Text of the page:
Handguns: Perhaps one of the fastest growing segments in the home defense firearm category, and also one of the most misunderstood choices. Handguns are dismissed often as being too hard to use under duress, or lacking sufficient power for home defense. But we rely on handguns daily when we carry them to both possess sufficient power, and in our ability to operate them correctly in a self defense situation. There are many reasons someone might choose a handgun for home defense. Their typical size allows for easier storage and concealment in otherwise conspicuous places. They can be much more easily operated with one hand than a long gun, and ammunition is typically much more affordable to practice with and keep around.

With all that being said, I don’t believe that there’s any one correct answer. So much is dependent on the factors I outlined at the beginning of this article. For instance, using an AR-10 chambered in 7.62x51mm may not be the most prudent decision if you reside in an apartment complex. By the same token, even if you live in a rural setting, you must consider where those projectiles will go should they pass through your intended target or miss completely. A quick search on YouTube will show you that most rounds will penetrate residential interior walls, and some even on through exterior walls. This should help to drive home that shot placement is vital.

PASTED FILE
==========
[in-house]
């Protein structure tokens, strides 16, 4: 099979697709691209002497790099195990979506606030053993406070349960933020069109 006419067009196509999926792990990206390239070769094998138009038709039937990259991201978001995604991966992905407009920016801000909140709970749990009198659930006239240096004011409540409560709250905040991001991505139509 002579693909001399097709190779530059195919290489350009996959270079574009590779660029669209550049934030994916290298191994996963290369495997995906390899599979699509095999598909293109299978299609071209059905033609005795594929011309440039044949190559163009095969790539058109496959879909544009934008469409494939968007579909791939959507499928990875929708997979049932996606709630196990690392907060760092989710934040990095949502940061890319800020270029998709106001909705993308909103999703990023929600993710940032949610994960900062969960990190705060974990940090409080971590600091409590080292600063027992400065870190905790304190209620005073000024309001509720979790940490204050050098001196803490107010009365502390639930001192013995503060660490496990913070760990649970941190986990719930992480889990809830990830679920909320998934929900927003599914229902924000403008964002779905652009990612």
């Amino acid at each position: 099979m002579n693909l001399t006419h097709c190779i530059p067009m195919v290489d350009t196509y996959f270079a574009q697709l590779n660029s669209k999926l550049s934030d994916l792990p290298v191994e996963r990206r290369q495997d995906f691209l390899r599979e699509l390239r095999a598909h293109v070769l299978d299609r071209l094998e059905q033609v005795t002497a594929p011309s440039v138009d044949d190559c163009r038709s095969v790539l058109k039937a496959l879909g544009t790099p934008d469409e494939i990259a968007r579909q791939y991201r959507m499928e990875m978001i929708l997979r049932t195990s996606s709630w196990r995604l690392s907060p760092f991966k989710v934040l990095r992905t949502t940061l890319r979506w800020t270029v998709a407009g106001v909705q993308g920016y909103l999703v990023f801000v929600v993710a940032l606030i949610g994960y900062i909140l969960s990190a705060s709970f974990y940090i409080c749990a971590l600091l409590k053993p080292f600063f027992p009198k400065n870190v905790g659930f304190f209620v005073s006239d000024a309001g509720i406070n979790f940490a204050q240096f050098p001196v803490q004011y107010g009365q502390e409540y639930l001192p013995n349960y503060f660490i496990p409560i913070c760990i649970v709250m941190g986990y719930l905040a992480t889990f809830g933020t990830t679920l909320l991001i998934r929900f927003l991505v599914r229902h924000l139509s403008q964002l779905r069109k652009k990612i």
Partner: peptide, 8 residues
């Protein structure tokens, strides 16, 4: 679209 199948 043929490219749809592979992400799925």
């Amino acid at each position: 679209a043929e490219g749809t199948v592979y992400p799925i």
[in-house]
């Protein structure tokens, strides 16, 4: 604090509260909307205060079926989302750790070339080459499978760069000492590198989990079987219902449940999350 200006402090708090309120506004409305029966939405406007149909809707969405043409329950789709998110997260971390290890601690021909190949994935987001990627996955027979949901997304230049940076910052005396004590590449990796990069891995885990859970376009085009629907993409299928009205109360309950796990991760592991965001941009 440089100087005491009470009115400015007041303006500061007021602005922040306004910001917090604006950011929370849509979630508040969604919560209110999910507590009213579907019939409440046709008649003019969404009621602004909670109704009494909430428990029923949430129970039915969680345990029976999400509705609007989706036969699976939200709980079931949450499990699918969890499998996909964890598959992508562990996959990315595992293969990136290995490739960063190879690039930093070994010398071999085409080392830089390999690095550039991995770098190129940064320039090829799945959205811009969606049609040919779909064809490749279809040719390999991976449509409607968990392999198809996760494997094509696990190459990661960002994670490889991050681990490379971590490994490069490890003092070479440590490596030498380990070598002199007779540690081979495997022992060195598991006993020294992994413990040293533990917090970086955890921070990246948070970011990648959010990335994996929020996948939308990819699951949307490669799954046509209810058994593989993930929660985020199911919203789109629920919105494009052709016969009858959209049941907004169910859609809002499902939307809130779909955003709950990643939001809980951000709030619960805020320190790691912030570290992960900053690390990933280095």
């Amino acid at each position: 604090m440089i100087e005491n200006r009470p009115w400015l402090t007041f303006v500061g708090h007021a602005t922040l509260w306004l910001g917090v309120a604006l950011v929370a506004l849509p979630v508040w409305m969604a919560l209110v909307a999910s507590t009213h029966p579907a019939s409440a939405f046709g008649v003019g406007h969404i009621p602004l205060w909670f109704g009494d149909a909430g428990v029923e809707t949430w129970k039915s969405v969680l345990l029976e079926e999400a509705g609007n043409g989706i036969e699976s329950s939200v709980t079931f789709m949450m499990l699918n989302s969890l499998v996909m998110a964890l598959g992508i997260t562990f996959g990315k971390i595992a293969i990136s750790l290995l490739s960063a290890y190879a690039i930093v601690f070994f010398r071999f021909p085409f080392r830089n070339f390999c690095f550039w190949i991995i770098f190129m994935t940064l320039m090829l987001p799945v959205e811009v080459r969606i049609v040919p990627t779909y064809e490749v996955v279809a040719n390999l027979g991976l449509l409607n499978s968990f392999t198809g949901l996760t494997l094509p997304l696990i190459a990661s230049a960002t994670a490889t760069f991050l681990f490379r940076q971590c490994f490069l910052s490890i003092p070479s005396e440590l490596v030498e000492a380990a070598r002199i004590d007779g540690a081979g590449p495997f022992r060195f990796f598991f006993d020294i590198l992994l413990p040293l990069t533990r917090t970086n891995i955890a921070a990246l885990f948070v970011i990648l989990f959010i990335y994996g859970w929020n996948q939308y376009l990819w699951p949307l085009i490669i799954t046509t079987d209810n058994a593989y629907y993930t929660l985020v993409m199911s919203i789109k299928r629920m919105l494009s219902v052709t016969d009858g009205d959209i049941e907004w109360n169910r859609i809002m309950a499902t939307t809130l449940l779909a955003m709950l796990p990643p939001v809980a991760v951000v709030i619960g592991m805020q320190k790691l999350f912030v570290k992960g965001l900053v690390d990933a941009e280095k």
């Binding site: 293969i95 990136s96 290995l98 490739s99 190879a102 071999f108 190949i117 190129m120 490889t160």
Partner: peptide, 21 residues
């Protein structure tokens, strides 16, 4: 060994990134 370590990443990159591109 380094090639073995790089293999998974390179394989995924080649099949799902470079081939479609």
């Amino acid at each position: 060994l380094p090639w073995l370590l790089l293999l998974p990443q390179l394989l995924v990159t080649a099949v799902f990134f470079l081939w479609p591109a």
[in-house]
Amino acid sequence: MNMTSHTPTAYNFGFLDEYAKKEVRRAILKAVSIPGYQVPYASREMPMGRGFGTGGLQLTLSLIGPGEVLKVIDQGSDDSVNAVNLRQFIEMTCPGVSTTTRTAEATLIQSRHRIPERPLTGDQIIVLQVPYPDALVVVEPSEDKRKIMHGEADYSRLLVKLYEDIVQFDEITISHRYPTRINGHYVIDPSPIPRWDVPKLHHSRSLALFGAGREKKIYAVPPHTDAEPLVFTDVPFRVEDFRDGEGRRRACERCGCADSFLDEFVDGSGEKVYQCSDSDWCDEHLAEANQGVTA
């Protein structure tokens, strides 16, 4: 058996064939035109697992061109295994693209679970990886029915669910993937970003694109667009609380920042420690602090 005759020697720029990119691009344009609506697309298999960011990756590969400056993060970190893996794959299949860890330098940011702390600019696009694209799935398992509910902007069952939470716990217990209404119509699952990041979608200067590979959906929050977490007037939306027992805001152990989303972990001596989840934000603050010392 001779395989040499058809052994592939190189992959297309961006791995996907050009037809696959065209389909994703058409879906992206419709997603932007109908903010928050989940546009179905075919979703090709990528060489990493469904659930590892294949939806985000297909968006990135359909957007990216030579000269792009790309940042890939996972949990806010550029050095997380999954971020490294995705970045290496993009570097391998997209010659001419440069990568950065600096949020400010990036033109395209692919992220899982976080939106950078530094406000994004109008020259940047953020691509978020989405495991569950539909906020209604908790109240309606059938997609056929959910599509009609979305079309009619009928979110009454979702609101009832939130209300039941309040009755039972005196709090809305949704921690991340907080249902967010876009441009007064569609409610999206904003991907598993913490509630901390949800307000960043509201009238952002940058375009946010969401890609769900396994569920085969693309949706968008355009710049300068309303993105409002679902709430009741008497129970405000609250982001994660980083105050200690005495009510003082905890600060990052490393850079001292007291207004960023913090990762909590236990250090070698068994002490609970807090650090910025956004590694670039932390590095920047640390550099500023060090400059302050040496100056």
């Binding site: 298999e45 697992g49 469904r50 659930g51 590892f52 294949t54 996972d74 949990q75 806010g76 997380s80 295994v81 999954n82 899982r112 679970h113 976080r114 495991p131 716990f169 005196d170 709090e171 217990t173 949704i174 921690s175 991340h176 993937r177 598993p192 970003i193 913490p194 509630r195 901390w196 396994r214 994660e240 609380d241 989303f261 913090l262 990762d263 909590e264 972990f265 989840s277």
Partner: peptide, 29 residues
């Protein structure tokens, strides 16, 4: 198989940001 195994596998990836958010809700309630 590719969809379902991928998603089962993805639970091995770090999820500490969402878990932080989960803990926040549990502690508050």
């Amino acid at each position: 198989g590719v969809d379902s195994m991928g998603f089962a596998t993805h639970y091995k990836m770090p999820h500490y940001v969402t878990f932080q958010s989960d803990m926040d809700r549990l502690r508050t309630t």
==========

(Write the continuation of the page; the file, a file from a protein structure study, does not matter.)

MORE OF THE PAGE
Children in the home is huge consideration that I feel is often overlooked in this conversation. How many kids do you have? What are their ages? Are they old enough to be counted on to remember what you told them to do in an emergency situation, or will you likely have to herd them or retrieve them physically in the event of a home invasion? Such things can and will impede your ability to operate a firearm, particularly if you are using a rifle or shotgun.

Lastly, the time to discuss with your spouse, room mates, or children, if they are old enough to retain the info, is before such a situation arises. Have a plan. Know who is dealing with the threat initially, know where other residents are supposed to stay, who is dialing 911, what to do if the initial defender fails, and where to regroup if you all must leave the residence. Just like the fire escape plans some of us did in elementary school, the time to prepare is before the time comes to implement the plan.

My goal is not to tell you what you should or shouldn’t use for home defense, but rather to promote these things being taken into consideration. Also, please read up on your local laws. Some jurisdictions have a requirement to retreat, while others don’t. Also, there is a plethora of info available in regards to making your home less inviting for would be burglars.

For gun reviews, please check out my YouTube https://www.youtube.com/user/countryboy9384 nd subscribe. I will be making a video presentation on this same topic in the near future as well.

Stay safe, and I hope everyone has a great holiday season.

Published by Nick

Nick is an avid shooter and 2nd Amendment content creator with 20 years shooting experience. You can usually find him testing guns and equipment at his range on his property, or creating video content to help others enjoy the shooting sports as much as he has over the years.